On style, and on substance, both candidates rose to the occasion, and—as in past debates—Romney managed to look and sound like a commander-in-chief. In that sense, the match-up was a draw, since surrogates and specialists for both sides have many reasons to claim victory. Many analysts inclined toward a pro-GOP tilt saw Romney as the winner simply for the fact that he went the 90 minute distance with Obama while at the same time not getting goaded into appearing to be the warmonger. Indeed, it could be easily argued that of the two men, Romney sounded like the peacemaker, frequently driving conversation toward the avoidance of war. Obama, by contrast, morphed from internationalist conciliator to pro-American, neocon hawk.
That Romney made such dramatic moves toward the center, and the fact that the President repeatedly burnished his military and commander-in-chief bona fides speaks volumes about the next thirteen days. Each candidate was seeking to reach outside of their traditional constituencies; each was trying to woo independent or undecided voters.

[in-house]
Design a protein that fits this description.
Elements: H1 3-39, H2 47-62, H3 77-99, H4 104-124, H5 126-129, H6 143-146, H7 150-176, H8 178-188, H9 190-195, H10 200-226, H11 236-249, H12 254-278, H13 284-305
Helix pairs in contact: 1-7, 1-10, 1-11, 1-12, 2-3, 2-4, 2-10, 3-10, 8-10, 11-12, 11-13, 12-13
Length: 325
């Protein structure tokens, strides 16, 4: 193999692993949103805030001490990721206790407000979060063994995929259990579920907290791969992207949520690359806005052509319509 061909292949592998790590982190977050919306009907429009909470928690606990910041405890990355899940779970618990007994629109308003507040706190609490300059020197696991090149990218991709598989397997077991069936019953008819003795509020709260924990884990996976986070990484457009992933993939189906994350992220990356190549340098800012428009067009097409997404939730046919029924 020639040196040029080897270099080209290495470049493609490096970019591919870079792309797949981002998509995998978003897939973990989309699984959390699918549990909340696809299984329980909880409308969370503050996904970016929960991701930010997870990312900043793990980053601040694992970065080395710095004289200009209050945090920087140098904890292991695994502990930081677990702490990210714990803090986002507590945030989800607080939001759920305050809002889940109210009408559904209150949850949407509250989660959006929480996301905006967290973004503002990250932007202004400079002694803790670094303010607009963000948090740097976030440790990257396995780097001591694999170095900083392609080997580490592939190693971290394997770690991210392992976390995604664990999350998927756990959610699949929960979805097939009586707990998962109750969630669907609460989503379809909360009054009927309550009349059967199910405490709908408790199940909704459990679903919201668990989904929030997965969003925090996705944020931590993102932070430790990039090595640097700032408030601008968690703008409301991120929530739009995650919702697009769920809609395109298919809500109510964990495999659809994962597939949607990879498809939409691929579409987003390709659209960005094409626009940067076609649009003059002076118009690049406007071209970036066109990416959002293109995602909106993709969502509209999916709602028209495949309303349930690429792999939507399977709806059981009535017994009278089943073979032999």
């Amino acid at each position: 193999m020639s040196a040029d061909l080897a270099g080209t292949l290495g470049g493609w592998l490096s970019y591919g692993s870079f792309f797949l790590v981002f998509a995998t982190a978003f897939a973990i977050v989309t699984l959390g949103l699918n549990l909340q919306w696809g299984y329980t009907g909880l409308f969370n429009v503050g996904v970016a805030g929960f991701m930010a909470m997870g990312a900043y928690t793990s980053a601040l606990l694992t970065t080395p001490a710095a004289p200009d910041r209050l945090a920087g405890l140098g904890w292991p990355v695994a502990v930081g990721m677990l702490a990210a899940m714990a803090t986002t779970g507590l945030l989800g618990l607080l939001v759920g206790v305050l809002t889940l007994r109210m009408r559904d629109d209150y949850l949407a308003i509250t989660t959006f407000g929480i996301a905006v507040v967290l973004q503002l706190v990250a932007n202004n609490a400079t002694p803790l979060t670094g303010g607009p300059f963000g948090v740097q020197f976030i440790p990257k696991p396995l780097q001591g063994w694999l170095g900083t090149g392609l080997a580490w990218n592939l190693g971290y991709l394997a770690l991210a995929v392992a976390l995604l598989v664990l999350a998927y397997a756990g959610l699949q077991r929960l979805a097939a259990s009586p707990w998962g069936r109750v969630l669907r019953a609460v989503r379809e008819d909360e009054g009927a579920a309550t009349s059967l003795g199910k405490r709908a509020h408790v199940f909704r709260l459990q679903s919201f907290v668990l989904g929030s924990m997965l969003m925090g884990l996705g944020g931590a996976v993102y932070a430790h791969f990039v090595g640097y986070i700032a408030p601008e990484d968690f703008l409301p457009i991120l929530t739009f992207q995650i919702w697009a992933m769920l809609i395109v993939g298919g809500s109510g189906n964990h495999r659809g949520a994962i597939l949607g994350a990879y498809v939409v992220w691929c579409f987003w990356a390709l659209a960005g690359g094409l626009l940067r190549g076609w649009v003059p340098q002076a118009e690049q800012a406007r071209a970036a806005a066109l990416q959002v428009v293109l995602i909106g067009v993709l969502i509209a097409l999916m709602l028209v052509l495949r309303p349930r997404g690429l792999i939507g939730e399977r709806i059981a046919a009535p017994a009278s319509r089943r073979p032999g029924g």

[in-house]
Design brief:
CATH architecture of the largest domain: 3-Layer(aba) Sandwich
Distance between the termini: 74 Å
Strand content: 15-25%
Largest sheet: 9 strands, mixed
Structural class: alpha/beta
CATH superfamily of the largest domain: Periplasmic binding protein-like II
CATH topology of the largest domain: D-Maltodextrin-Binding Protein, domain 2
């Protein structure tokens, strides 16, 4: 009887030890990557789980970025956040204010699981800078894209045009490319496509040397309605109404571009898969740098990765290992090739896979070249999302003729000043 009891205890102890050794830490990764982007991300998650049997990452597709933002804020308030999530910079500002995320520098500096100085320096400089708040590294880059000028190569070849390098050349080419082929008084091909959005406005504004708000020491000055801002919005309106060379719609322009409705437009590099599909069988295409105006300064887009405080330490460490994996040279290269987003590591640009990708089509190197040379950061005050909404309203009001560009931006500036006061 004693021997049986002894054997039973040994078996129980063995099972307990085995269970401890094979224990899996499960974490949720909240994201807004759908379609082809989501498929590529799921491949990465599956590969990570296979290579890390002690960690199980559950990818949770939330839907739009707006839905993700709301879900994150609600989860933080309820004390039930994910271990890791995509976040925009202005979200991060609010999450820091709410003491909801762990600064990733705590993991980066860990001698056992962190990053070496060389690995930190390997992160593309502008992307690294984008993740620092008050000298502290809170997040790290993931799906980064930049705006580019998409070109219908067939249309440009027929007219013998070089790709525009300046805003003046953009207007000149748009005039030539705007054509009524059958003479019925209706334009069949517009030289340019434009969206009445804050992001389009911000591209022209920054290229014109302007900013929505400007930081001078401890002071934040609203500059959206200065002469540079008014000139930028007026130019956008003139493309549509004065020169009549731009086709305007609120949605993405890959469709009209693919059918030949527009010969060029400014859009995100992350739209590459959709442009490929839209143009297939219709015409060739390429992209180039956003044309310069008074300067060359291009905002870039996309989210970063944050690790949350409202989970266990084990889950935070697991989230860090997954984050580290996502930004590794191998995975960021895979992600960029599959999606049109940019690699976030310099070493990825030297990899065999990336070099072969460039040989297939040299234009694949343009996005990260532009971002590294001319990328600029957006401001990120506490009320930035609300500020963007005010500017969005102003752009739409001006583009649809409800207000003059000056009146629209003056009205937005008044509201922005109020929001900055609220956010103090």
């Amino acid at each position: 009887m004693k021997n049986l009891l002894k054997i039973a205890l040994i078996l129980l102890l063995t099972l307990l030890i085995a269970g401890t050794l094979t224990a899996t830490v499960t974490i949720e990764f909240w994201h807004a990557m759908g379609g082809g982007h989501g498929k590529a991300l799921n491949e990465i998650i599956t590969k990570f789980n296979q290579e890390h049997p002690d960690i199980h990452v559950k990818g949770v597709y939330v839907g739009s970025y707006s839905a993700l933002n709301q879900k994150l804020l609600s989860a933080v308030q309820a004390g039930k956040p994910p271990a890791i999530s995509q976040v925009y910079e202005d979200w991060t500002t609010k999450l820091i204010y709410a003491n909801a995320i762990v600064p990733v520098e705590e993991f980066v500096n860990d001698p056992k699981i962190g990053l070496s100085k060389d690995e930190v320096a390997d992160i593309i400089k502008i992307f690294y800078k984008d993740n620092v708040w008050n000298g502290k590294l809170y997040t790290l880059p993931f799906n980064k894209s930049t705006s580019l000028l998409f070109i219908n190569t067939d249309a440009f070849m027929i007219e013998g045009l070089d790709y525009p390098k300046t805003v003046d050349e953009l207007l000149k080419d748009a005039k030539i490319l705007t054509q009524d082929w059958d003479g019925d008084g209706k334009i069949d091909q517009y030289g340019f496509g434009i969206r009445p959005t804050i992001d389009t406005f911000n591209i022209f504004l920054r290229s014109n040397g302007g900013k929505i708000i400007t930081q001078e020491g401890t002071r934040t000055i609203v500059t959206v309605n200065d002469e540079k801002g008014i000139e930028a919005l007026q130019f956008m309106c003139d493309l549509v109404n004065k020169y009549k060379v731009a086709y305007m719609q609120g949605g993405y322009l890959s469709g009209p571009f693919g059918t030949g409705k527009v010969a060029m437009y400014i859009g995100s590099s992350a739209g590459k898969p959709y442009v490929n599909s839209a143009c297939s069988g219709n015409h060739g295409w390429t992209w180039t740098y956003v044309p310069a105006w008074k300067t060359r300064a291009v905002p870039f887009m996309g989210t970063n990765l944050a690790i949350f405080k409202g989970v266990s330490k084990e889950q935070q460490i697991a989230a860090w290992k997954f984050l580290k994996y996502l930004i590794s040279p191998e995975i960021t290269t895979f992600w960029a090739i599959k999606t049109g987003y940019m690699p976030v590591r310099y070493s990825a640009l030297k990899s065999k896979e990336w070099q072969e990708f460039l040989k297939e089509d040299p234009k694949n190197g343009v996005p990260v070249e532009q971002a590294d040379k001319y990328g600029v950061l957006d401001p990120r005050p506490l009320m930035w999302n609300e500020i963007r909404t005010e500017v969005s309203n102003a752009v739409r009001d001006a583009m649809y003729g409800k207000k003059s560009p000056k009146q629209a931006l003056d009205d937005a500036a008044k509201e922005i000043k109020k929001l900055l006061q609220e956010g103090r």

There were many areas of agreement: Israel, Iran, and Afghanistan. And there were areas of sharp disagreement, such as Russia, a subject which Romney used to his advantage to demonstrate that the president’s “flexibility” often serves to empower and facilitate dictators.
Obama and Romney also traded blows on their two most sensitive, unarmored areas.
The President took issue with Romney’s reference to the so-called “world apology tour,” the occasion when Obama traveled to several Arab countries offering conciliatory language, cultural outreach and olive branches—admitting that the U.S. had acted, in some cases, unilaterally, in its war on terror—and bypassing Israel on the same tour. Romney also cited Obama’s use of the phrase “creating daylight” between the U.S. and Israel. Israel’s enemies, Romney said, were paying close attention to the American shift in policy during this time and saw Obama’s words as weakness.